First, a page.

Sustainable/Ecological Weed Management

Ecological Weed Management

Description

Crop loss to resource competition with weeds is considerable in sub-Saharan African smallholder systems.  Yet, many weeding recommendations for farmers are based on on-farm experiments that do not account for realistic smallholder agroecological conditions and/or socioeconomic constraints such as labor availability.  Additionally, methods that treat weed emergence, such as herbicides and time-sensitive manual removal, require financial capital and labor during a resource-constrained period in the cropping cycle.  Ecological weed management practices that focus on preventing weed emergence may offer better alternatives.  Examples of ecological weed management practices include employing systems, such as rotations and intercrops, that create an unsuitable environment for weeds.  The efficacy of such practices can be enhanced when they are developed in partnership with farmers in order to address realistic on-farm constraints and opportunities. Read more

Principles:

  • May increase crop yields
  • Employs agroecological resource complementarity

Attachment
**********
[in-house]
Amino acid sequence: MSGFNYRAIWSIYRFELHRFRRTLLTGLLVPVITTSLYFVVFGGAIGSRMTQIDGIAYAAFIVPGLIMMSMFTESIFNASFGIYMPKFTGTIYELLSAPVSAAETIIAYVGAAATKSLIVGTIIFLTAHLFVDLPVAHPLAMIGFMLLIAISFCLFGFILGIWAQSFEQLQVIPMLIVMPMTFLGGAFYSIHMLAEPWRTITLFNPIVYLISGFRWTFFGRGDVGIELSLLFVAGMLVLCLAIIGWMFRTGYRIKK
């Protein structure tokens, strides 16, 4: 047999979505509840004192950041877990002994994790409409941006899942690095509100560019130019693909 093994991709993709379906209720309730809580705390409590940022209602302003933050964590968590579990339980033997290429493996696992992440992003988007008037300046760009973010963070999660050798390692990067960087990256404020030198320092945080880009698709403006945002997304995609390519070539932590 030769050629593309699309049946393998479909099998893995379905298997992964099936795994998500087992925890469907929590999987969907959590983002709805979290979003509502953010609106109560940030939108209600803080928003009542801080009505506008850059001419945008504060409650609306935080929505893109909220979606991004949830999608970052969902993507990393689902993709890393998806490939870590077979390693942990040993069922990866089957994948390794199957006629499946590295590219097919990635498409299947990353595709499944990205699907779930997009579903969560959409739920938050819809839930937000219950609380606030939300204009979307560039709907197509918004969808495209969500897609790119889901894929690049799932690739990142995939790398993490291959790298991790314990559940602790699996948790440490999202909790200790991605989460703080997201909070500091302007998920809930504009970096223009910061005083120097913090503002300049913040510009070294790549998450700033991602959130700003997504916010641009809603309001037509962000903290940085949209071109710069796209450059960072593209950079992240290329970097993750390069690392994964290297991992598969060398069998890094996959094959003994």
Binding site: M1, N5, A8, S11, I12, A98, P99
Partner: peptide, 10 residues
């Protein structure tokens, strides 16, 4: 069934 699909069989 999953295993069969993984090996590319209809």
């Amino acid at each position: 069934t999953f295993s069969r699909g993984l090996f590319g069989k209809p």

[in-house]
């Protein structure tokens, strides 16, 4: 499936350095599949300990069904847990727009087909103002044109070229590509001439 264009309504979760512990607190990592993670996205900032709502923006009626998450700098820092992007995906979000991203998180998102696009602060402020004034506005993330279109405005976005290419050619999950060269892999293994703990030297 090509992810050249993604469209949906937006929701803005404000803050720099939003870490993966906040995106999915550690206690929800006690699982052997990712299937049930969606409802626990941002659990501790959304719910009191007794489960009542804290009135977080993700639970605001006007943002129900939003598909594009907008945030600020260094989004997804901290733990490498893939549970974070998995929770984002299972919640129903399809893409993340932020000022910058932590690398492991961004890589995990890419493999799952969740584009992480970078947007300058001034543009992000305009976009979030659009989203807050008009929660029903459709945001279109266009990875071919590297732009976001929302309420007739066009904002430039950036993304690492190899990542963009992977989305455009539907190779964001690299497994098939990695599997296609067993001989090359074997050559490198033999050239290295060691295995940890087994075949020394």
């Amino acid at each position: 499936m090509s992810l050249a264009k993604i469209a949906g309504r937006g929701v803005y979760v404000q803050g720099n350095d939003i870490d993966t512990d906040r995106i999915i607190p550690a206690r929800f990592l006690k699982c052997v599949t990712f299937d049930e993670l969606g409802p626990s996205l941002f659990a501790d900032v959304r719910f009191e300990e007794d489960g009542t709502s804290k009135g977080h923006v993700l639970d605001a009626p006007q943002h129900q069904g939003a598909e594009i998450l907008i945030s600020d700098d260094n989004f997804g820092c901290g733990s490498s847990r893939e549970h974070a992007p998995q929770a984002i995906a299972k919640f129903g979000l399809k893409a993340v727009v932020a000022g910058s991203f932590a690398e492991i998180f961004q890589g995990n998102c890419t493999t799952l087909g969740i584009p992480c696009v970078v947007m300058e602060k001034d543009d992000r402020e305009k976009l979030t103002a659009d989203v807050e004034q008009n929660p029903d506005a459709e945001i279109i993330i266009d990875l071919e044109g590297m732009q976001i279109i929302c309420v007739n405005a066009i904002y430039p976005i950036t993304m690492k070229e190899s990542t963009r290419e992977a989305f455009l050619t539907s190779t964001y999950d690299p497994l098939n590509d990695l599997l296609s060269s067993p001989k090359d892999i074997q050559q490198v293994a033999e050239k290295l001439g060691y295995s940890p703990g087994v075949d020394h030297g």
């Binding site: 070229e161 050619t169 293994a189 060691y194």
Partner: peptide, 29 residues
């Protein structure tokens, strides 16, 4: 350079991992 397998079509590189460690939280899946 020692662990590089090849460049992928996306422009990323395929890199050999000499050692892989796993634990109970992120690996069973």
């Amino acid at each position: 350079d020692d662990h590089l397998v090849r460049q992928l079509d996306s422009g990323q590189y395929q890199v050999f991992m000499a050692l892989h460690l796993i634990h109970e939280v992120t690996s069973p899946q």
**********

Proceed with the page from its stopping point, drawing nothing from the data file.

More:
• May improve soil quality Read more

Debates:

  • May require additional labor and landholdings
  • May require financial capital (seeds and possibly labor)
  • Potential marginal crop loss of staple crop via loss of space or competition Read more

Links:

Weed control by smallholder farmers in Ciskei, Eastern Cape Province, South Africa

The potential benefits of weeds with reference to smallholder agriculture in Africa

The Integrated Weed Management in Zimbabwe’s Smallholder Sector, Where Are We?

Extended Bibliography & Works Cited:

Ae, N., Arihara, J., Okada, K., Yoshihara, T., Otani, T., & Johansen, C. (1993). The role of piscidic acid secreted by pigeonpea roots grown in an Alfisol with low-P fertility. In Genetic aspects of plant mineral nutrition (pp. 279-288). Springer Netherlands.

Akobundu, I. O., & Ahissou, A. (1985). Effect of interrow spacing and weeding frequency on the performance of selected rice cultivars on hydromorphic soils of West Africa. Crop Prot. 4(1), 71–76.

Andersson, J. A., & D’Souza, S. (2014). From adoption claims to understanding farmers and contexts: A literature review of Conservation Agriculture (CA) adoption among smallholder farmers in southern Africa. Agriculture, Ecosystems & Environment, 187, 116-132.  Read more

Tags: Agricultural Economics, Agrobiodiversity, Agronomy, Climate Change, Extension, Sociology, Soil Science, Sustainability Science